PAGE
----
“... And so, we’ve received calls, you bet. Those are two good football players. But we’re in the business of gathering talent right now. Why do people call? Because they know we’re void of draft picks and that we might, because there was some discussions a year ago, I think, regarding Courtland. But we like the current group that we’re working with.”

Lamar Jackson, Ravens QB, requests trade amid contract standoff | USA Today

Jackson said his ask came on March 2, five days before the team placed the non-exclusive franchise tag on him, allowing the 2019 NFL MVP to negotiate with the league’s 31 other teams while giving Baltimore a chance to match any offer sheet signed.

“The Ravens (have) not been interested in meeting my value,” Jackson wrote of his ongoing negotiations with the team for a contract extension, which has lasted more than two years.

“Any and everyone that’s (sic) has met me or been around me know I love the game of football and my dream is to help a team win the super bowl,” Jackson wrote in his message.

In case you missed it on Arrowhead Pride

Chiefs NFL Draft 2023: TCU wide receiver Quentin Johnston selected in Round 1

The Chiefs recognize that the Tennessee Titans — who hold Pick 11 — need of plenty of offensive line help. So while the Titans are on the clock, they trade with the Houston Texans for the 12th overall pick, using their selections from the first round (31), second round (63), fourth round (122) and fifth round (166) — along with their third-round pick from 2024.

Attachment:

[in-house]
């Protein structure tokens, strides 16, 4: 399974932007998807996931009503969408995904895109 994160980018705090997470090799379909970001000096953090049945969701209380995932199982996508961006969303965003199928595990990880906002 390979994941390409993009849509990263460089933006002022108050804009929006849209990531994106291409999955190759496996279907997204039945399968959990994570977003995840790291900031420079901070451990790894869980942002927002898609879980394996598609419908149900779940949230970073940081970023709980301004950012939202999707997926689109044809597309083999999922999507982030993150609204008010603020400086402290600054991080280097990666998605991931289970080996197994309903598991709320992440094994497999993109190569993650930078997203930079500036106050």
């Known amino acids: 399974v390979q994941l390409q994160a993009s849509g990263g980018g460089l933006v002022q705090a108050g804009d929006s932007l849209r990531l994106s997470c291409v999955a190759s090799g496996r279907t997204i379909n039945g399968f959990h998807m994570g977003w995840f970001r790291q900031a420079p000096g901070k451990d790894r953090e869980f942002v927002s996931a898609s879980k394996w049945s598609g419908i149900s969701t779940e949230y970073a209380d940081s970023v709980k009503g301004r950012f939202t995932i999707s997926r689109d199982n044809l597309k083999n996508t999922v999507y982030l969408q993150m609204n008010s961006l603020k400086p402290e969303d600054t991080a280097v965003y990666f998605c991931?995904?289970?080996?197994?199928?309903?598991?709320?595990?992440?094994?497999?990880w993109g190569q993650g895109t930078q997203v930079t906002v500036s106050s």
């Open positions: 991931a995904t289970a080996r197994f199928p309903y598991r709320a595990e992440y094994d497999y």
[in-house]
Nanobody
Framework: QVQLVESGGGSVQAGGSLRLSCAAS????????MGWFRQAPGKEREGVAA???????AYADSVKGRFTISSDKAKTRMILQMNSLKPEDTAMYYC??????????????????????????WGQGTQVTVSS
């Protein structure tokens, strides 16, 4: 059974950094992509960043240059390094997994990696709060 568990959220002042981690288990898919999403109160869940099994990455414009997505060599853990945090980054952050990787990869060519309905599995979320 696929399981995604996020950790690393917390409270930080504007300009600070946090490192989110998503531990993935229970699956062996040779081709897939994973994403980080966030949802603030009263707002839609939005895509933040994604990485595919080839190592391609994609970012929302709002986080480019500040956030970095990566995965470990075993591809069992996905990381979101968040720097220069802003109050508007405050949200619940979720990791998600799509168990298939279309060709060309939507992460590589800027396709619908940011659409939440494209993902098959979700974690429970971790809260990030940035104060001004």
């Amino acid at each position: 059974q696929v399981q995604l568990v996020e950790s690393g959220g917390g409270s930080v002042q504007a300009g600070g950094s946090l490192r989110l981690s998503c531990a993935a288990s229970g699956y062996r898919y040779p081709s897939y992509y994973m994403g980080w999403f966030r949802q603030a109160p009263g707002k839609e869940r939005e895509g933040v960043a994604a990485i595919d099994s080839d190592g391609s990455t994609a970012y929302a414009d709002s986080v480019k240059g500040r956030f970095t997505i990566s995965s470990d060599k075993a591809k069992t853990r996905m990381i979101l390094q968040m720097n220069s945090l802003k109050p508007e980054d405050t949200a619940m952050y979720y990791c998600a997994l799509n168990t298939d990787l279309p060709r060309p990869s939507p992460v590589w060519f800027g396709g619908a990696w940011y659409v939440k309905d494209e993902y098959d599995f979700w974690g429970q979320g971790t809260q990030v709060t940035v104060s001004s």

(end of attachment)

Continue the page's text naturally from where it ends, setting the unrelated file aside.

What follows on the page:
Moving up that high in the first round is always costly. Using the Jimmy Johnson trade chart, Pick 12 is worth 1200 points. The Chiefs give up a package of picks worth around 1,065 points.

With Pick 11, the Titans select offensive lineman Peter Skoronski of Northwestern.

The pick: Quentin Johnston, wide receiver, TCU

Analysis: Johnston has the highest upside of any first-round wideout. At 6 feet 2 and 200 pounds, he has the size and length to play on the outside — but still has the speed to play in the slot, too. Despite questionable quarterback play throughout the 2022 season, he was one of college football’s most productive receivers. Kansas City would be a tremendous landing spot for Johnston’s skill set.